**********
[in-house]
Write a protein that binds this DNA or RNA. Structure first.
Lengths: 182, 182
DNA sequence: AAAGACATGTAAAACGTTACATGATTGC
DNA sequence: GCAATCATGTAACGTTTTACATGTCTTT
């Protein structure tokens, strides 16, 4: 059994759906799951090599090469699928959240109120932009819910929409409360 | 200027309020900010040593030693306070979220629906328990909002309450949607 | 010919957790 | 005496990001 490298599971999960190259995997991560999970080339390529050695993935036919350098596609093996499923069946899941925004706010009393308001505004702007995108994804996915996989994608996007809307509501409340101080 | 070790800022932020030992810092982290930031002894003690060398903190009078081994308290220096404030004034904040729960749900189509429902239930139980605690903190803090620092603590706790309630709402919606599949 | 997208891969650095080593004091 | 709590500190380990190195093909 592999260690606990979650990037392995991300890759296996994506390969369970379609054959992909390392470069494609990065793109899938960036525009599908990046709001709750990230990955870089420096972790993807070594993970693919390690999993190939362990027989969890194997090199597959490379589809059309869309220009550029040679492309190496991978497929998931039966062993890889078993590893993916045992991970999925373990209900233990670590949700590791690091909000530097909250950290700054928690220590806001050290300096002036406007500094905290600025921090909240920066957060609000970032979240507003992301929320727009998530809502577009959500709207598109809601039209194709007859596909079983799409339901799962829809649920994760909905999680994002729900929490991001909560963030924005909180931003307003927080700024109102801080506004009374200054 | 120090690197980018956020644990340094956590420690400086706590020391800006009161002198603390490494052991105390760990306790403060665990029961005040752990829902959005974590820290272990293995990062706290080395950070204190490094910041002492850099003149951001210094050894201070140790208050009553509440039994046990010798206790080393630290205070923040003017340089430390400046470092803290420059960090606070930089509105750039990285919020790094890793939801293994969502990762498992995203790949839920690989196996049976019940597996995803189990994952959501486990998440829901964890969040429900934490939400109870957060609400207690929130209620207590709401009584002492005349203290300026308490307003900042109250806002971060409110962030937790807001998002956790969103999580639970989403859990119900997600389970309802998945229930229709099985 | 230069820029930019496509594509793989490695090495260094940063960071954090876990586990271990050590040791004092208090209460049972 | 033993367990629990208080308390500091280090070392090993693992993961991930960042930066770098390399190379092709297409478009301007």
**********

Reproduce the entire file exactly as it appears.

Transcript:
[in-house]
Write a protein that binds this DNA or RNA. Structure first.
Lengths: 182, 182
DNA sequence: AAAGACATGTAAAACGTTACATGATTGC
DNA sequence: GCAATCATGTAACGTTTTACATGTCTTT
């Protein structure tokens, strides 16, 4: 059994759906799951090599090469699928959240109120932009819910929409409360 | 200027309020900010040593030693306070979220629906328990909002309450949607 | 010919957790 | 005496990001 490298599971999960190259995997991560999970080339390529050695993935036919350098596609093996499923069946899941925004706010009393308001505004702007995108994804996915996989994608996007809307509501409340101080 | 070790800022932020030992810092982290930031002894003690060398903190009078081994308290220096404030004034904040729960749900189509429902239930139980605690903190803090620092603590706790309630709402919606599949 | 997208891969650095080593004091 | 709590500190380990190195093909 592999260690606990979650990037392995991300890759296996994506390969369970379609054959992909390392470069494609990065793109899938960036525009599908990046709001709750990230990955870089420096972790993807070594993970693919390690999993190939362990027989969890194997090199597959490379589809059309869309220009550029040679492309190496991978497929998931039966062993890889078993590893993916045992991970999925373990209900233990670590949700590791690091909000530097909250950290700054928690220590806001050290300096002036406007500094905290600025921090909240920066957060609000970032979240507003992301929320727009998530809502577009959500709207598109809601039209194709007859596909079983799409339901799962829809649920994760909905999680994002729900929490991001909560963030924005909180931003307003927080700024109102801080506004009374200054 | 120090690197980018956020644990340094956590420690400086706590020391800006009161002198603390490494052991105390760990306790403060665990029961005040752990829902959005974590820290272990293995990062706290080395950070204190490094910041002492850099003149951001210094050894201070140790208050009553509440039994046990010798206790080393630290205070923040003017340089430390400046470092803290420059960090606070930089509105750039990285919020790094890793939801293994969502990762498992995203790949839920690989196996049976019940597996995803189990994952959501486990998440829901964890969040429900934490939400109870957060609400207690929130209620207590709401009584002492005349203290300026308490307003900042109250806002971060409110962030937790807001998002956790969103999580639970989403859990119900997600389970309802998945229930229709099985 | 230069820029930019496509594509793989490695090495260094940063960071954090876990586990271990050590040791004092208090209460049972 | 033993367990629990208080308390500091280090070392090993693992993961991930960042930066770098390399190379092709297409478009301007």